I had a dream of holding onto a string high above the ground. I begin to feel the familiar feeling I have before as my blood pressure drops. I hold on tight, but I begin to fall asleep.
I am falling. I am aware of myself on the ground. I stand up and take hold of the string again. This time I am handed a heavy cast iron pan that I have to hold while I clutch the string above the ground. My diagnosis. The very name of it weighs me down and I fall again.
This time when I get up I decide not to take the pan. I might have this disease, but I do not have to let it stop me in this moment.
Once again I grab the string. Life is so precious.
I have a disease that cannot be fully diagnosed until I am dead and they look at my brain. On that day doctors will look under a microscope and be able to tell for sure if a certain protein has folded itself into arrant origami, unable to pass through the neurons. Although I will gladly give my brain for research, I am requesting that my family not be told whether I actually had Multiple Systems Atrophy or if it was just a wad of bubble gum stuck in my ear. I do not want them to think that there might have been another cause for my symptoms or to think my medical team did anything wrong. If only they had pulled that gum out of her ear everything would have been fine.
It’s pretty clear at this point, after 10 years of fainting and losing control of my bladder to finally find a doctor that could order the right tests to rule out the other things it could be.
I am ten years into having MSA, and two years more with a diagnosis. According to the Mayo Clinic website, people with MSA typically live about seven to nine years after multiple system atrophy symptoms first appear. Ten-year survival is rare. The thing is I decided to be a non-compliant patient and not follow all the orders I am given. Dr. Bernie Segal, in his book Love, Medicine and Miracles noted that non-compliant patients often lived longer than those who follow all the instruction and die on time.
I have explored every nook and cranny of alternative medicine, faith healing and even several years of therapy. I though what was happening was all in my head. I was right, but it was not a mental disorder.
A DAT scan showed I have a buildup of alpha-synuclein proteins, folding into wacky folded origami that stops the flow from neuron to neuron. There are a bunch of diseases that have a similar story. A protein of one type or another, fold up incorrectly somewhere in the brain. They cause Parkinson’s, Alzheimer’s, and many others. It just depentds on what protein and where it is in the brain. With MSA it boils down to a deterioration and shrinkage (atrophy) of portions of your brain (cerebellum, basal ganglia and brainstem) that regulate internal body functions, digestion and motor control. Not something you want to have.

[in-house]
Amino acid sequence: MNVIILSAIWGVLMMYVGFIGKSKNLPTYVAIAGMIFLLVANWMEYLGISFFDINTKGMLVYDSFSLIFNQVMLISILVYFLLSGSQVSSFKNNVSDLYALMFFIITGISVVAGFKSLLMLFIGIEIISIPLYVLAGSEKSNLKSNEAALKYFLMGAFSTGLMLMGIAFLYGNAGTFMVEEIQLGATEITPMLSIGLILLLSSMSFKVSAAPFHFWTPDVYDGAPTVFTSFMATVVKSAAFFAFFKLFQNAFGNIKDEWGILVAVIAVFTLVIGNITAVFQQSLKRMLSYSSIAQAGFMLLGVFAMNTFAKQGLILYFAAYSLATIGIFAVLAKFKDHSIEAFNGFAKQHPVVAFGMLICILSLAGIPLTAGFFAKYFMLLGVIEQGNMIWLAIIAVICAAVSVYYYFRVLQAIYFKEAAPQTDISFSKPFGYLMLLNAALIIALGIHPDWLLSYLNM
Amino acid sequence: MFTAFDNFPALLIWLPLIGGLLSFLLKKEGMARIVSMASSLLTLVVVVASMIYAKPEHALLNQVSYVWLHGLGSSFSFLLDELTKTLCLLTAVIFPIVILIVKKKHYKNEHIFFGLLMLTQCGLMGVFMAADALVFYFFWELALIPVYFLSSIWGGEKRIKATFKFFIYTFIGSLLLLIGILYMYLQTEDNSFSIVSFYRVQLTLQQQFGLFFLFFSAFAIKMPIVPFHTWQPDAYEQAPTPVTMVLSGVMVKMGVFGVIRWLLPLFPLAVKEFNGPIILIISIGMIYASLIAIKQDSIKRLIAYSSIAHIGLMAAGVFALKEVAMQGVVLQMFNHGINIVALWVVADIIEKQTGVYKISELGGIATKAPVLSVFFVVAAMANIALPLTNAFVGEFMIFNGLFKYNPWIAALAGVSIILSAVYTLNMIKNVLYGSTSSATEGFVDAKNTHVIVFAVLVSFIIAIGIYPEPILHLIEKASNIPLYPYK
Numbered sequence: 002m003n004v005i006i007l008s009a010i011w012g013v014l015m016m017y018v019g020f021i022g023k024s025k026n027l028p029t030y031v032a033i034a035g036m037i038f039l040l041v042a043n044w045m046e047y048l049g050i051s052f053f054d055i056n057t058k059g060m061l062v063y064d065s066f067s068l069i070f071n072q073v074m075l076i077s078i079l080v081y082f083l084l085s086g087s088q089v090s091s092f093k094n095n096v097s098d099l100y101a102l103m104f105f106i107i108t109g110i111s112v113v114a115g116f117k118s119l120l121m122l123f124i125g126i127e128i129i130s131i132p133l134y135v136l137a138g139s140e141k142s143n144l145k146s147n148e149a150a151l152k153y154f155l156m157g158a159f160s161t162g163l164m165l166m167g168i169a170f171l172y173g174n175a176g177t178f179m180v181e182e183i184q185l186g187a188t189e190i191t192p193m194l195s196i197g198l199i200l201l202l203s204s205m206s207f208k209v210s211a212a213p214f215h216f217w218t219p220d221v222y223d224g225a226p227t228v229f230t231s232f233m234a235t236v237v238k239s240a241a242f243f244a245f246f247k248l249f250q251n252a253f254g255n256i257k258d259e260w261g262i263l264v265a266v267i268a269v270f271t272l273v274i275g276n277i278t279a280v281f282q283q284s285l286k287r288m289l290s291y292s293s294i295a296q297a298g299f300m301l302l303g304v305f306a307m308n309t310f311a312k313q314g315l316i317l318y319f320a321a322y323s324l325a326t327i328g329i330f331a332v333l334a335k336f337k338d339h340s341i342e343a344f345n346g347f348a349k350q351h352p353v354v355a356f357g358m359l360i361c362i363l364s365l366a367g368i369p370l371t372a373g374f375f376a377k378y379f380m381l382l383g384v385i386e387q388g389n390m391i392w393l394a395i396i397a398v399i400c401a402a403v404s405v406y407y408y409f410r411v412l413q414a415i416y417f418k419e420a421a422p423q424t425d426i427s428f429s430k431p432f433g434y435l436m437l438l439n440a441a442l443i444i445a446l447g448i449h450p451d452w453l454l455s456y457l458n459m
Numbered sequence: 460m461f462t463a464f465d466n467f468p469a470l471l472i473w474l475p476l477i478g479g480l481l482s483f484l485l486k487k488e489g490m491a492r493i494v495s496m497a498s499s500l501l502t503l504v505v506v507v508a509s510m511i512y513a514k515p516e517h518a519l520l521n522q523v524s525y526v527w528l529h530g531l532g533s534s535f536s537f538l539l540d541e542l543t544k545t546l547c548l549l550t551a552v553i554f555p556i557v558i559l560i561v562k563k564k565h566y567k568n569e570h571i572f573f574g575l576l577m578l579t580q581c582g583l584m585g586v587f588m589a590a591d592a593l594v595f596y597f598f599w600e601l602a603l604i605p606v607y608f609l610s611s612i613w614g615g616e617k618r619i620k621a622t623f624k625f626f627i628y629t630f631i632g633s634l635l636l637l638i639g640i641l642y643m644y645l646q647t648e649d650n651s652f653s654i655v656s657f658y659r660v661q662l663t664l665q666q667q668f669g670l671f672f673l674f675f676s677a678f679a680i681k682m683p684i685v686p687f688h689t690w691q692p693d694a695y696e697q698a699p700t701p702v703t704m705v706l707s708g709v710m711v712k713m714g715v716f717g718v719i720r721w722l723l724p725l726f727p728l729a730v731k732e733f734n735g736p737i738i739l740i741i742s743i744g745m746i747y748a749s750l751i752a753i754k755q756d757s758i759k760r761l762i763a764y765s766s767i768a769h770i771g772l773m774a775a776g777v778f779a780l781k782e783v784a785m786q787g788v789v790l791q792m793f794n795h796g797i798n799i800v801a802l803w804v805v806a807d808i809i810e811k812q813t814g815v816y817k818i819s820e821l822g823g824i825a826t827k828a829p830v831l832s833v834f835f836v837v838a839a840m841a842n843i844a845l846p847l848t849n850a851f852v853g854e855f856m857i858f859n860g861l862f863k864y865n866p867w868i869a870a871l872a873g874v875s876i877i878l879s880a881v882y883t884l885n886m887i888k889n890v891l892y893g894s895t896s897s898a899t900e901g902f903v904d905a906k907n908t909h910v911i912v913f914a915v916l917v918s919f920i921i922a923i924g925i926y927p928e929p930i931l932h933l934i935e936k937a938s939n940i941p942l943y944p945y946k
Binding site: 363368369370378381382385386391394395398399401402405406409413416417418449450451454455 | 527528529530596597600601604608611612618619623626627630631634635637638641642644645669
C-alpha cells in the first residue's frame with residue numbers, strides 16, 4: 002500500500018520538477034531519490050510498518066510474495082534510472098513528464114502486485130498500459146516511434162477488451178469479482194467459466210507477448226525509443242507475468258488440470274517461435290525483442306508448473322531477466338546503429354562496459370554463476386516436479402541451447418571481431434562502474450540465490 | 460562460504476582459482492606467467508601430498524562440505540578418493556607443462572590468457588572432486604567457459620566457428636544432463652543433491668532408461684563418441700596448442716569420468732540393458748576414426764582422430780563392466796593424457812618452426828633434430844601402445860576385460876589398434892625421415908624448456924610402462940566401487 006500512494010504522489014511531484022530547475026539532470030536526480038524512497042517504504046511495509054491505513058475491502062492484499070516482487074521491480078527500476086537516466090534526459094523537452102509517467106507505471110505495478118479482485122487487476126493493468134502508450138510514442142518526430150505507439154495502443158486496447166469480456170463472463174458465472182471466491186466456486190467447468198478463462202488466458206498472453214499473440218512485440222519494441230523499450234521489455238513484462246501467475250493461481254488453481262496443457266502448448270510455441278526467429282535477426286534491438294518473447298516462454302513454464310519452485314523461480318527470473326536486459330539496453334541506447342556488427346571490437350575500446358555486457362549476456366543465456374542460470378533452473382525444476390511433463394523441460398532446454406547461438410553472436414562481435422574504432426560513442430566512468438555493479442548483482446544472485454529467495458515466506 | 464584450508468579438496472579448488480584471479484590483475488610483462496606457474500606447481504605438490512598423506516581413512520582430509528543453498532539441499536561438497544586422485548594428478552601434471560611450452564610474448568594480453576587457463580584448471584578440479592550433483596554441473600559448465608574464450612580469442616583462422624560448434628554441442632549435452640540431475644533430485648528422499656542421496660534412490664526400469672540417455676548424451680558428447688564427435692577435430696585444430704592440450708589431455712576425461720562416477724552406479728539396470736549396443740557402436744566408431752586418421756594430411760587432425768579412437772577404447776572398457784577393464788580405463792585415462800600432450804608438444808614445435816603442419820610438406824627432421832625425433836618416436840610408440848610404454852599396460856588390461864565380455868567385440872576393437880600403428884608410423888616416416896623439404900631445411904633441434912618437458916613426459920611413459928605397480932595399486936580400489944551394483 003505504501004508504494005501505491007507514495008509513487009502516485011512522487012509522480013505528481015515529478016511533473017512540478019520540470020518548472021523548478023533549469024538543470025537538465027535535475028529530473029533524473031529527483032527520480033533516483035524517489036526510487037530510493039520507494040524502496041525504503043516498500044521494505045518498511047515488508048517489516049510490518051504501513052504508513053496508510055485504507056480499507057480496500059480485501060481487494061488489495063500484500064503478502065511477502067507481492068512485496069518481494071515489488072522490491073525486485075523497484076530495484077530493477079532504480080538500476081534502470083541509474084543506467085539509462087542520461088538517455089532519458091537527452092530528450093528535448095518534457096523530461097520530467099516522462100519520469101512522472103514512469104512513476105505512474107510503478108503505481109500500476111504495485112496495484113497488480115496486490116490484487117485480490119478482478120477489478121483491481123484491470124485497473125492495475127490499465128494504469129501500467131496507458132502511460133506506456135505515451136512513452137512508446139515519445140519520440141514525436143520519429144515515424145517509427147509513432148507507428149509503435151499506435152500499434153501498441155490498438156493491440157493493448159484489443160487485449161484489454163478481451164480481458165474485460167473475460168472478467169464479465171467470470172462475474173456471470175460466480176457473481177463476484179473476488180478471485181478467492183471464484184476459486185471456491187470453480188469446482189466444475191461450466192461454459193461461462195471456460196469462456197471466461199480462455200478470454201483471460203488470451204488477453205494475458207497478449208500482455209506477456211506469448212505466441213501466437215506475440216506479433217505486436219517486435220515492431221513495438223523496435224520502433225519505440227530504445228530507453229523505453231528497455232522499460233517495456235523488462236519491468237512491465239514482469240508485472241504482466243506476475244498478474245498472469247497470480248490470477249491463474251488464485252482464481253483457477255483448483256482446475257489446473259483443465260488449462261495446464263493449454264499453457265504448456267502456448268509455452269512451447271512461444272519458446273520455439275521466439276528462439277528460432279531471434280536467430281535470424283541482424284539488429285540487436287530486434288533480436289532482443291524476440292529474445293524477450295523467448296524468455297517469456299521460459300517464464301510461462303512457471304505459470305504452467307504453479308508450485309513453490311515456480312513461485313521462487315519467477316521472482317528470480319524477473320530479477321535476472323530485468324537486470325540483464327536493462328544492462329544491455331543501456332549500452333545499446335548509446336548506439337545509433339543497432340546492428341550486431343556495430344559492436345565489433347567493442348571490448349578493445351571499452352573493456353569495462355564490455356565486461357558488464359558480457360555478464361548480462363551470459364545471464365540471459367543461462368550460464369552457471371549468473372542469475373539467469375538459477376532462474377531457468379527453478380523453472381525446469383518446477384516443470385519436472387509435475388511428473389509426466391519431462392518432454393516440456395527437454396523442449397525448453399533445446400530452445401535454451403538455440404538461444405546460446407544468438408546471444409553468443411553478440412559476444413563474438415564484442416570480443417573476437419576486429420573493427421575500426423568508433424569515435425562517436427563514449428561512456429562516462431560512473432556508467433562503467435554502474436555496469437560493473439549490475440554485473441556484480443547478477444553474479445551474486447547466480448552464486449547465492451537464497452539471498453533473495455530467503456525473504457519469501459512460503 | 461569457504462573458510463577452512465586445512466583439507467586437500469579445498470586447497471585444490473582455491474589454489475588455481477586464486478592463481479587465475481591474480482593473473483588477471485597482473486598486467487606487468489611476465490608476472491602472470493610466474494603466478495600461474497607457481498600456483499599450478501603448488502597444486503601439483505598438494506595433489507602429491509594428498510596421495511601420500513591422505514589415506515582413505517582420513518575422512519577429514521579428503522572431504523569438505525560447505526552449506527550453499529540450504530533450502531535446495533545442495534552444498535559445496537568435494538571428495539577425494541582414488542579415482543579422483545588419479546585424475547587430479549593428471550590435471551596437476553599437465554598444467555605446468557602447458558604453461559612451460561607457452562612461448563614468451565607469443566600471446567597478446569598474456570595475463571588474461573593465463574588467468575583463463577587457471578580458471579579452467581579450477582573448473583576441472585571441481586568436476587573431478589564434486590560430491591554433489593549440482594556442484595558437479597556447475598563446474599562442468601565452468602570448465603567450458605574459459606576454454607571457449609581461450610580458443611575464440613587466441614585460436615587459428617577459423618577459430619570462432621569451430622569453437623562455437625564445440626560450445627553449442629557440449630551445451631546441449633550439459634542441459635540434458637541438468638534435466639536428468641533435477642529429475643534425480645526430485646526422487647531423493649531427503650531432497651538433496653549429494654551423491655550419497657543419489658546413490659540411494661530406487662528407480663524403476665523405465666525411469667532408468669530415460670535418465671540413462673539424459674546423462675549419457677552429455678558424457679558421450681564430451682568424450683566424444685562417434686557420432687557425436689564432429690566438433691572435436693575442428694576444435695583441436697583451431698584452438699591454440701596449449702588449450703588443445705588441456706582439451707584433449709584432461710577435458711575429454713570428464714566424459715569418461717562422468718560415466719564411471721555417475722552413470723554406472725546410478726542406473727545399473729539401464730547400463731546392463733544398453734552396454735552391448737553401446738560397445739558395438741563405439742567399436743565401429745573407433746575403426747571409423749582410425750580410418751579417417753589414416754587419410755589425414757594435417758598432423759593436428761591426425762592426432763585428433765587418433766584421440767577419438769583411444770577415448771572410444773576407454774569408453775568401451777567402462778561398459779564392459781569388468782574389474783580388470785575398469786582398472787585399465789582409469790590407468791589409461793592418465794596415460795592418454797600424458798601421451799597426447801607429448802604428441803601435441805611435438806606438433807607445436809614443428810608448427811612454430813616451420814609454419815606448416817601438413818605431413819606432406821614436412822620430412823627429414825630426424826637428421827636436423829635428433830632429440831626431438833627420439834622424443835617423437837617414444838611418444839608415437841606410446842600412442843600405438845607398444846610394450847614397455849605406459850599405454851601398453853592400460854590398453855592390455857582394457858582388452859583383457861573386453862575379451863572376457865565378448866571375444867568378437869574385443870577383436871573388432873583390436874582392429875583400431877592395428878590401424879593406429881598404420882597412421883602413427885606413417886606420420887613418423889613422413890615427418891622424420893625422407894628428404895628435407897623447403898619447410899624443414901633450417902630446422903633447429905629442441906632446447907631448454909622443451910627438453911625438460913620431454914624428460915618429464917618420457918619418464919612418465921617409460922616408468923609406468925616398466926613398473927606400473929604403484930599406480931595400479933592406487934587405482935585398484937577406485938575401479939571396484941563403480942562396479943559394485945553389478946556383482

MSA does not have a list of definitive symptoms, it’s more like a choice of one from column A, three from column B. Depending on the combo, there can be a Parkinson’s type or a Cerebellar type. So people who have this disease often question whether their symptom could be related to MSA or not. Dry blurry eyes? Yep. Cough and choking? Yep. Pretty much every answer is yes because of the multiple part of the disease.
This is about my personal experience, for goodness sake see a doctor if you have any of these symptoms, they all suck. Thank you to the Mayo Clinic web page for the actual medically correct information:
Predominant signs and symptoms are those of Parkinson's disease, such as:
Predominant signs and symptoms are lack of muscle coordination (ataxia). Signs and symptoms may include:
This is what happened when I was told I had MSA. Remember much like being informed of the death of a loved one, sometimes what actually is said is not what was really said. Your brain shuts off at a certain point. It is always a good idea to have someone with you for doctor’s appointments. So here is my account, which my husband says is not correct.
Two really smart Neurologists came into the room,
never a good sign.
Doctor #1: First the good news, you don’t have Parkinson’s.
Me: Thank goodness! That would be horrible!
Doctor #1: Well, you do have another Parkinson like disease (looking at the computer screen not me) It’s called Multiple Systems Atrophy. I have asked Dr. #2 to come in with us, she is the specialist in this kind of disease.
Me: speechless, dizzy, can’t breathe
Dr. #2: I suggest that you apply for disability right away. MSA is on a compassionate care list of diseases that will move you quickly along in the system. It is a list of disease where time is of the essence. Then get to know the hospice group in your community. You might not need them right away but it’s good to have something prearranged. Oh, and we want your brain for research after you die.
Me: Is there a surgery or pill? Some cure for this?
Dr. #2: No, I am sorry. We can treat your symptoms and keep you comfortable, but there is no cure for this disease and there is a shortened life expectancy.
Me: Well *&$!@$%^&&!!!!!!
My husband and I make our next appointment and walk without speaking down a long corridor to the parking garage. We both started crying. I said I was going to commit suicide when it gets really bad. He said yes, I know, but that is not today.
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